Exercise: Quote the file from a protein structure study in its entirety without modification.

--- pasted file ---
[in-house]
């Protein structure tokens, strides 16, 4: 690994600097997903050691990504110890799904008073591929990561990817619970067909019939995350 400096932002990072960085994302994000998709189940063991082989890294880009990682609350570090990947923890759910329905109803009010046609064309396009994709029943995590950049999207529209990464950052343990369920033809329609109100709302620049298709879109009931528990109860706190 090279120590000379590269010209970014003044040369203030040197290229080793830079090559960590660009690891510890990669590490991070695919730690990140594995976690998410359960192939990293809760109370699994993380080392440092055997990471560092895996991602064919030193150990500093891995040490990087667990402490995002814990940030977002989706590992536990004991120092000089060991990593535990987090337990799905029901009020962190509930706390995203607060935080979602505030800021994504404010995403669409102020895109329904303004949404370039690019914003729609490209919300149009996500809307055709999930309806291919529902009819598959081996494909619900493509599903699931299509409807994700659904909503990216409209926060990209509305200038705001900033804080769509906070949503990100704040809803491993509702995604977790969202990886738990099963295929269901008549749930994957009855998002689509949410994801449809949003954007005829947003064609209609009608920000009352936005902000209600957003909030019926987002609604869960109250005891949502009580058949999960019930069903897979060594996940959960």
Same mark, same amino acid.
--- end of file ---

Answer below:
[in-house]
């Protein structure tokens, strides 16, 4: 690994600097997903050691990504110890799904008073591929990561990817619970067909019939995350 400096932002990072960085994302994000998709189940063991082989890294880009990682609350570090990947923890759910329905109803009010046609064309396009994709029943995590950049999207529209990464950052343990369920033809329609109100709302620049298709879109009931528990109860706190 090279120590000379590269010209970014003044040369203030040197290229080793830079090559960590660009690891510890990669590490991070695919730690990140594995976690998410359960192939990293809760109370699994993380080392440092055997990471560092895996991602064919030193150990500093891995040490990087667990402490995002814990940030977002989706590992536990004991120092000089060991990593535990987090337990799905029901009020962190509930706390995203607060935080979602505030800021994504404010995403669409102020895109329904303004949404370039690019914003729609490209919300149009996500809307055709999930309806291919529902009819598959081996494909619900493509599903699931299509409807994700659904909503990216409209926060990209509305200038705001900033804080769509906070949503990100704040809803491993509702995604977790969202990886738990099963295929269901008549749930994957009855998002689509949410994801449809949003954007005829947003064609209609009608920000009352936005902000209600957003909030019926987002609604869960109250005891949502009580058949999960019930069903897979060594996940959960």
Same mark, same amino acid.